John D. Murphy & Old Coach Farm's Behind the Bluff may vie for favoritism with John Franks & Peter Abruzzo's Lost At Sea in Sunday's feature attraction, the $45,000 added Flawlessly Stakes for 3-year-old fillies at a mile and a sixteenth on the grass.
Behind the Bluff, an invader from Delaware, came from just off the pace to draw off for a two and three-quarter-length score in her last start on May 22 at Delaware Park when racing a middle distance on the main track. Before that the daughter of Pine Bluff had finished fourth in a six-furlong sprint at that Mid-Atlantic oval.
While racing at Gulfstream this winter, Behind the Bluff broke in stride to make the pace in her initial outing on the grass, but tired in the final furlong of a mile and a sixteenth race there to finish sixth.
Out of the Vanlandingham mare Crystal n Pennies, Behind the Bluff is trained by Michael Gorham and will be ridden in the Flawlessly by Chris Emigh.
Sure to provide strong competition for Behind the Bluff is Lost At Sea, who finished third in her last start in the Bay Meadows Oaks at that Northern California oval on May 26. Always well placed in that mile and a sixteenth test over the lawn, Lost At Sea lacked the needed response in the lane and was beaten a length and three-quarters at the wire.
Previously, Lost At Sea had won two in a row, capturing the $55,000 San Jose Stakes at one mile on the main track April 20 at Bay Meadows by two lengths. She had tallied by five and a half in an allowance race while racing over the dirt course at Golden Gate Fields February 3.
Lost At Sea, by the increasingly popular Lost Soldier, is trained by last year's Arlington Park trainer champion Jerry Hollendorfer and will be ridden by Rene Douglas, who captured the riding championship at Chicago's premier Thoroughbred oval.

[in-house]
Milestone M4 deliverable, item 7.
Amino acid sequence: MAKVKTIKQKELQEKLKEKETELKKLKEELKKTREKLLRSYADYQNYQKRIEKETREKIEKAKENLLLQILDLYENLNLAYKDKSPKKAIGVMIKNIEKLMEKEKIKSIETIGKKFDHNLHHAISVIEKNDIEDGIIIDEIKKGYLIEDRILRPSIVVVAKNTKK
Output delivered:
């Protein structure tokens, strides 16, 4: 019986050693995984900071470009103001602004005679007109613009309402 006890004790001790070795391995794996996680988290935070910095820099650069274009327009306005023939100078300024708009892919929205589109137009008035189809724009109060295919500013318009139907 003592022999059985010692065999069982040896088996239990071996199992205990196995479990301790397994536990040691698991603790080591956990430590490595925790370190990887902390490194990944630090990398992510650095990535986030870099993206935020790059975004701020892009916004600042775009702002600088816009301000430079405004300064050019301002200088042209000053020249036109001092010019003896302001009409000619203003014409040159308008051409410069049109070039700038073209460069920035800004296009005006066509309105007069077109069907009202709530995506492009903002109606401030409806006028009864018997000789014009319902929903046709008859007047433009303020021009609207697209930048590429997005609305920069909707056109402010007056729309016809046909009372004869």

Completing the field for the Flawlessly are: Austin K. Smith's Going Great Guns, Ray Sibille; Thomas F. Van Meter, et al.'s Guana, Shane Laviolette; Mt. Brilliant Stable LLC's Haylie's Dawn, Frank Lovato Jr.; Northwest Farms' Strikes No Spares, Larry Sterling Jr; and Gigginston House Stud's Zaffrani, Randy Meier.
Veteran jockey Randy Meier, who won two races on Thursday's program, was scoring his 500th and 501st career wins at Arlington Park. Meier won the third race aboard Wexler Stables Inc.'s Barkenlor Cat, who Earlie Fires rode in 1998 to win the 6,000th race of his career. Meier returned to the winner's circle in Thursday's finale aboard Louie J. Roussel III & Ronnie Lamarque's Master Stuart.
Jockey Shane Laviolette, fresh off his jockey championship during Hawthorne's spring meeting, won two races on Thursday's program, capturing the second race on Marco Bommarito's Rupert's Fire and the seventh aboard Golden Racing Stable's Squirrelnut Zipper.
Jockey E. T. Baird also had a riding double Thursday at Arlington, winning the fifth on Rocket 7 Racing Inc. & M375 Tbreds Inc.'s Too Many Choices, and returning to the winner's circle aboard Savoy Stable's Smoke Chaser in the eighth event.
Veteran reinsman Carlos Silva, on the cusp of the 3,000 career-win milestone, captured the first race Thursday astride Greg Besinger's Boone's Creek for career win number 2,989.
During the 18 races contested at Arlington Park during the first two days of racing, 18 different trainers have posted their first victories of the 2002 local season.